Overall activity status: Every state in the region except Alabama has an open archery season. A rain front followed by temperatures in the low 40s forecast for this weekend is sure to stimulate a lot of whitetail activity.
Fighting: None reported yet, but cooler temperatures and the rut easing closer will cause more bucks to interact.
Rub making: More and more hunters are seeing rubs, and this trend should continue.
Scrape making: Some hunters are reporting seeing increased scraping. Look for scrapes on woods edges and oak ridges.
Chasing: None reported yet, but a buck that sees a doe may check her out now.
Daytime movement: The best time to catch a buck moving remains at dusk, but the upcoming cooler weather may change that. Last Saturday, Marshall Alexander of West Fork, Arkansas hunted the bow opener with a homemade traditional bow and saw one small six-point and an out-of-range eight pointer early in the morning. But it was evening, after he returned to the same stand, when the action increased. Alexander tells the story:
“Around 6 p.m., out of the blue, I had two does start blowing at me about 120 yards away. Then I had the 8-pointer from the morning come in about 45 yards, but with no shot. The does were still there and I think the buck smelled me, and he and the does busted off.
“About 30 minutes later, I hear something behind me and turn to see a doe coming in about 60 yards away. I stand up and try to get into position when I notice a buck following her. Eventually he started walking straight at me. I raised my bow, as he entered an the opening, I drew my arrow and remember thinking, is this it, do I shoot?”
Alexander released the arrow and watched it sail toward the deer. He thought he’d missed, but recovered the arrow and found it bloodied. After getting some tracking help, Alexander found the handsome eight-pointer, shown above, harvested by using traditional tackle “without training wheels.”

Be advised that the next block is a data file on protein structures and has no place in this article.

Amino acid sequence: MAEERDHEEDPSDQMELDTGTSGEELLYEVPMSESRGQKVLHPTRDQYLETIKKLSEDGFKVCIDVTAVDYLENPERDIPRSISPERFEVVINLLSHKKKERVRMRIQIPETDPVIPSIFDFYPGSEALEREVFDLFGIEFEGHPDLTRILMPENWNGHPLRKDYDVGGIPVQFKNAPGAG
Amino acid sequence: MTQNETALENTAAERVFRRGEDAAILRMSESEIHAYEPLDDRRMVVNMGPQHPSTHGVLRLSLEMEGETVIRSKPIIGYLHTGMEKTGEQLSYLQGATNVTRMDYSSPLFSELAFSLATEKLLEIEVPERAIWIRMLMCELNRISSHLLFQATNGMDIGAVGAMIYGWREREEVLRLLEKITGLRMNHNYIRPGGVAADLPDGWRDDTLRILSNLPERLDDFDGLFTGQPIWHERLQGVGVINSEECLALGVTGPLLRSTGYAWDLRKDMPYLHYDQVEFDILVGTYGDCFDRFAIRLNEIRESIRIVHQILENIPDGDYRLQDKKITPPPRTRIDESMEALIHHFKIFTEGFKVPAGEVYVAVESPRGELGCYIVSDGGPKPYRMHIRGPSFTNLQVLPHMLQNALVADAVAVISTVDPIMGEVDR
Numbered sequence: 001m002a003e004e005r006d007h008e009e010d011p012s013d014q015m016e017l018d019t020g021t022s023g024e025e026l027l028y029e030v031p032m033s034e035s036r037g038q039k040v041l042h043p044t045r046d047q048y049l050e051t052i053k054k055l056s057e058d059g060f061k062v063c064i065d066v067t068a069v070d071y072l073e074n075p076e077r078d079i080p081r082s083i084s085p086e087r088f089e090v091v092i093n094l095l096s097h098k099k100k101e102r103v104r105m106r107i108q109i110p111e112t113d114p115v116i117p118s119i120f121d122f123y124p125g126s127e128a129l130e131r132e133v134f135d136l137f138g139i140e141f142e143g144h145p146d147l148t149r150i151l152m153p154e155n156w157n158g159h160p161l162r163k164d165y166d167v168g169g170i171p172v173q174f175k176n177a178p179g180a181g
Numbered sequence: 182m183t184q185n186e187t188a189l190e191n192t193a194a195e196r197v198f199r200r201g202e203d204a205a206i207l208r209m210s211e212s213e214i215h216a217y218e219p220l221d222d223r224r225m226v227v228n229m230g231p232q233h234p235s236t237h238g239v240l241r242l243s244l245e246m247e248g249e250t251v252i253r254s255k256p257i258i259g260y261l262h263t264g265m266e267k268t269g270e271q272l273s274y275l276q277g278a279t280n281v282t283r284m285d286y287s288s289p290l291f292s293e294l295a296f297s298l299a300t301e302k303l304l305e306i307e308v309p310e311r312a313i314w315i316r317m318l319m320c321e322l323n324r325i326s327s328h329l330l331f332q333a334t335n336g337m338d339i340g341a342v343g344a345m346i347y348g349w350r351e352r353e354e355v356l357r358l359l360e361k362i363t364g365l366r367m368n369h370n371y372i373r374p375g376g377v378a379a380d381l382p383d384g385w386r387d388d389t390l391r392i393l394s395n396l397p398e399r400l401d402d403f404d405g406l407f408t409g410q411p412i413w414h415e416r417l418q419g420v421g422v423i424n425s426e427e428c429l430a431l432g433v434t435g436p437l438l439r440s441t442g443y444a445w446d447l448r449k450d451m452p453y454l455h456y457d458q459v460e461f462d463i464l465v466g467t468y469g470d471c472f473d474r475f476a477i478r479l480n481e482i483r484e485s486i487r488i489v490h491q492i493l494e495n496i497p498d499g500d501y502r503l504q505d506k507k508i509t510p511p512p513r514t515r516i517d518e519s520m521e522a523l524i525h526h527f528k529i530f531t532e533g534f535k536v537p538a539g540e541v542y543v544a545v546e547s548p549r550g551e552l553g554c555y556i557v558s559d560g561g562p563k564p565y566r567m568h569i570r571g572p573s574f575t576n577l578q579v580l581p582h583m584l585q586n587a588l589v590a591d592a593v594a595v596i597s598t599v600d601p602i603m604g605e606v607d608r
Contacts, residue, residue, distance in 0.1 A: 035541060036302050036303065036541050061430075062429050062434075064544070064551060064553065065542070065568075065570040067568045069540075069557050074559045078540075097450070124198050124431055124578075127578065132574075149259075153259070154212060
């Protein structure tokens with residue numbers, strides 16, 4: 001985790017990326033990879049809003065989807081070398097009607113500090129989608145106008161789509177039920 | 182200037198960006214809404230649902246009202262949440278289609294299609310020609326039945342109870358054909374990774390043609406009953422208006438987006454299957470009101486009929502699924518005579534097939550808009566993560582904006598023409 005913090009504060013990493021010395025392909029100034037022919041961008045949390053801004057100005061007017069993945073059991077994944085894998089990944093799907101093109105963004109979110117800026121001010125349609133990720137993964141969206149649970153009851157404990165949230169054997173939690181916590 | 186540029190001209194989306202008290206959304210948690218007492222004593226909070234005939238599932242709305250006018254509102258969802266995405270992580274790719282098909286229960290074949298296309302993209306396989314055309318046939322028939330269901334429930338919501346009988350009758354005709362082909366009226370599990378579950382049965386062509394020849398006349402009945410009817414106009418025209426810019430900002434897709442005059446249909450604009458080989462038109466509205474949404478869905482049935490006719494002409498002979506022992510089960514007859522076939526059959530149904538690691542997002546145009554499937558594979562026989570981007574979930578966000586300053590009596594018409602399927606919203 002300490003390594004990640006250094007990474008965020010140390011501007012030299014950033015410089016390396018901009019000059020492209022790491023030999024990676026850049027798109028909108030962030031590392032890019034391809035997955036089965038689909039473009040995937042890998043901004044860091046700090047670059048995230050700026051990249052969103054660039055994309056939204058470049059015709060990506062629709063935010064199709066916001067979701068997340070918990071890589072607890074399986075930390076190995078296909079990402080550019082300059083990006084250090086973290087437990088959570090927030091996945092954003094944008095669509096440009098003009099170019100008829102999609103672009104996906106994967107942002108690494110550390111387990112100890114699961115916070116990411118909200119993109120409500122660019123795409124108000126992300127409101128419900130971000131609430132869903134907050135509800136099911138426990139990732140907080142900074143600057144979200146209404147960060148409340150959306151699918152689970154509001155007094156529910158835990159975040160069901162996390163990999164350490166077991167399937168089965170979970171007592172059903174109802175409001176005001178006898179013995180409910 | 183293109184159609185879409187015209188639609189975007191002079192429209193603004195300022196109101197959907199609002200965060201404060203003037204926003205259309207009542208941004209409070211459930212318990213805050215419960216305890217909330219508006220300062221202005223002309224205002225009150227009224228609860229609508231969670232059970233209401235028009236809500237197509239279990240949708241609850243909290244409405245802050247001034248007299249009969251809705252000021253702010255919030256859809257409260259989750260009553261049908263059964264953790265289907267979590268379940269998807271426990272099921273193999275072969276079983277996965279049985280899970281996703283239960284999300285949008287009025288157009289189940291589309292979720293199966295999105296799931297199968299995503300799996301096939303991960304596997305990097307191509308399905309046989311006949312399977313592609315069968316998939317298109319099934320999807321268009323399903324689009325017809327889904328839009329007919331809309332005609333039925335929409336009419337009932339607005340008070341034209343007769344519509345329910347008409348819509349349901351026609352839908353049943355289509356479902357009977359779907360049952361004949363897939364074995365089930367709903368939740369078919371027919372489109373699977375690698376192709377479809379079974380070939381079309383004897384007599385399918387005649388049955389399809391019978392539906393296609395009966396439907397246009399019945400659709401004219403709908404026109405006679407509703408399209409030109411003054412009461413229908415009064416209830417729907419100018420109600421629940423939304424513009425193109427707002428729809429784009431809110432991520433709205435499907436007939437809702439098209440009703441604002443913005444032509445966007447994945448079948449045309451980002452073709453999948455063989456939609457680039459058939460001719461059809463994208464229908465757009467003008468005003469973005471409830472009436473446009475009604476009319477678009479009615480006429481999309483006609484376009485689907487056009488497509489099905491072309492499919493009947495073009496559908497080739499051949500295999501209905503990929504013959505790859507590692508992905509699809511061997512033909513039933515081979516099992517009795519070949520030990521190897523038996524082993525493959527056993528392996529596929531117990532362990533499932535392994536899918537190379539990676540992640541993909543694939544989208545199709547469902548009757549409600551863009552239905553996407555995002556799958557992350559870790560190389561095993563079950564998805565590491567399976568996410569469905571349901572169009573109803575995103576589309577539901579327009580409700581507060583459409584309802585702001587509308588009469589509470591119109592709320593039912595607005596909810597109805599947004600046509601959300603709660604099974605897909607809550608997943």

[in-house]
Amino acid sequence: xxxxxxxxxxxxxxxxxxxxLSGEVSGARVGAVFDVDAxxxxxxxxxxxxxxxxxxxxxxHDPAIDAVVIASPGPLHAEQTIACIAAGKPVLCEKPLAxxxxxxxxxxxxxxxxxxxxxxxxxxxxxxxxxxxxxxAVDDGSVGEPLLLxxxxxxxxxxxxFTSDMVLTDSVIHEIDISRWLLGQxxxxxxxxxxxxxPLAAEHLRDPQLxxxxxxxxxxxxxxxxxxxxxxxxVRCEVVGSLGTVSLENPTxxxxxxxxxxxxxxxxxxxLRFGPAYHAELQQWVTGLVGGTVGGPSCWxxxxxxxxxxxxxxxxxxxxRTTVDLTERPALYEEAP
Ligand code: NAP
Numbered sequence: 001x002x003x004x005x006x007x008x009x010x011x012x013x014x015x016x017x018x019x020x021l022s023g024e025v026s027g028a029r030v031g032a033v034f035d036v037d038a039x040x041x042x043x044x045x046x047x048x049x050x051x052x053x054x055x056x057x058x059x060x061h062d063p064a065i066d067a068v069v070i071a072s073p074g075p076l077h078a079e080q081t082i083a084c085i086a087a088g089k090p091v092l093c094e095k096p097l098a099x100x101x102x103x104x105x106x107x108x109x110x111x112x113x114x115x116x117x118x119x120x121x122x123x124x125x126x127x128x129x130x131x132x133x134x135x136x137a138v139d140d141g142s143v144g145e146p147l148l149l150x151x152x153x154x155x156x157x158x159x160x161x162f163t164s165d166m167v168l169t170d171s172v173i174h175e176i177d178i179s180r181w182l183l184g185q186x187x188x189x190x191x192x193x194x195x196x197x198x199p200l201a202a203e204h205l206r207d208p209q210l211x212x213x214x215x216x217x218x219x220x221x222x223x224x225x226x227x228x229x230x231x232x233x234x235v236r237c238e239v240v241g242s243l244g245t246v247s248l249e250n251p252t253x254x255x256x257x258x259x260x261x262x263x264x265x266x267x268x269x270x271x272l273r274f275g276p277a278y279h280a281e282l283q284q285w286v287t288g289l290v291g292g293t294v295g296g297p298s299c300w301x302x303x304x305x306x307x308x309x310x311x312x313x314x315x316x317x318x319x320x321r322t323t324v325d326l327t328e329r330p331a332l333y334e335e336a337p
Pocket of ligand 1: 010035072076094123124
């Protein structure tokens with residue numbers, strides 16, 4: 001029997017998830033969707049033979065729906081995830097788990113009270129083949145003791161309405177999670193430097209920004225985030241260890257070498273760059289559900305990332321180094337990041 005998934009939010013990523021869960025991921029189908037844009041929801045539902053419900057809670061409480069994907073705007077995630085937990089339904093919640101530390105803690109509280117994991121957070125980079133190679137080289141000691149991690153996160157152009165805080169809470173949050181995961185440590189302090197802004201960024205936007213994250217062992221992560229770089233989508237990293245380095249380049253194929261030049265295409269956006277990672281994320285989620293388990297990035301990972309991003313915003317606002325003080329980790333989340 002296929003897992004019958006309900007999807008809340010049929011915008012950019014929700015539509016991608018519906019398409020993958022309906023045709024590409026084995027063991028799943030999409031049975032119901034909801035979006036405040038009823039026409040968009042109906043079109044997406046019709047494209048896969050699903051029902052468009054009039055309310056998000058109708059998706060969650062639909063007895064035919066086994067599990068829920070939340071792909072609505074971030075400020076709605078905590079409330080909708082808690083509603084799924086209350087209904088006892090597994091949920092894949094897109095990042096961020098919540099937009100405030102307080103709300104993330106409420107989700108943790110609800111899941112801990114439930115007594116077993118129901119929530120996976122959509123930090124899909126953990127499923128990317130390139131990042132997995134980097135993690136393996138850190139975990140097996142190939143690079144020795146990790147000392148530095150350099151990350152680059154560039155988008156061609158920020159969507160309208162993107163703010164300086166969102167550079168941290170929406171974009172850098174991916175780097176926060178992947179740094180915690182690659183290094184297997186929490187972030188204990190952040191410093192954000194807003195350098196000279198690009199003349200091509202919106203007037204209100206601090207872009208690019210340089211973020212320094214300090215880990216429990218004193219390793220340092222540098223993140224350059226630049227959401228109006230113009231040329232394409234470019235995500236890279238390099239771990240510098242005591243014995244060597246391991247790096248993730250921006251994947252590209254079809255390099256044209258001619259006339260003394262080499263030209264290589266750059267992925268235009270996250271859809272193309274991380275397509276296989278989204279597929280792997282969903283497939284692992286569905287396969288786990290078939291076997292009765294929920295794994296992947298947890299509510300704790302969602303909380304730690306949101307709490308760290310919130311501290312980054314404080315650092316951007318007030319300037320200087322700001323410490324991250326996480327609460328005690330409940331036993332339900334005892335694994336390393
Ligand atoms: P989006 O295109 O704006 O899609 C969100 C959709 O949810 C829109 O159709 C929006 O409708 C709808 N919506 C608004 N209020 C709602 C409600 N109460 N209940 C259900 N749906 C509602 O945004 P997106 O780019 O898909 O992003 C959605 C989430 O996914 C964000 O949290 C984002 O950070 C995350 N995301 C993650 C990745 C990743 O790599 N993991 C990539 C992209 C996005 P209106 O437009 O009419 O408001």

Estrous signs: None yet, but some bucks—such as Alexander’s Arkansas eight-point—are following does with interest.
X-Factor: Mississippi’s archery season just began, and Lann M. Wilf, Deer Program Leader of the Mississippi Department of Wildlife, Fisheries, and Parks said the upcoming season may see a good harvest of mature bucks:
“Mississippi’s herd is extremely dense, with an estimated 1.7 to 2 million deer statewide. Our herd health is sound, but, as we see herds remain near or at carrying capacity, body weights and lactation indices are gradually trending downward. Last season harvest was substantially reduced, as was overall deer visibility. This has resulted in increased crop depredation this summer and population carry over into the upcoming season. This has resulted in some buck stockpiling, and these deer will have gotten one year older. This may result in some quality deer being available during the 2014-2015 season.
“Unfortunately, the bucks that will be 4 or 5-years old this season were fawned during the stress years of 2009 and 2010. In 2009, the late summer and fall were abnormally wet, which inhibited plant growth and limited food plot planting. During 2010, a very solid drought impacted the southeast and stressed fawns and does. Currently, those fawns are now 4-5 year old bucks that we will be hunting this season. However, all is not lost. The early springs of 2011 and 2012 may have helped to improve some the limited growth these bucks ran into early. In addition, this summer’s cooler temperatures and frequent rains have provided excellent growing conditions throughout summer. Therefore, any ‘swing’ deer, that could be impacted and improved by good conditions, will likely be in great shape going into fall. Trail camera photos have shown some very nice bucks across the state. It is reasonable to expect the 2014-2015 season to be a sound year for deer visibility and buck quality.”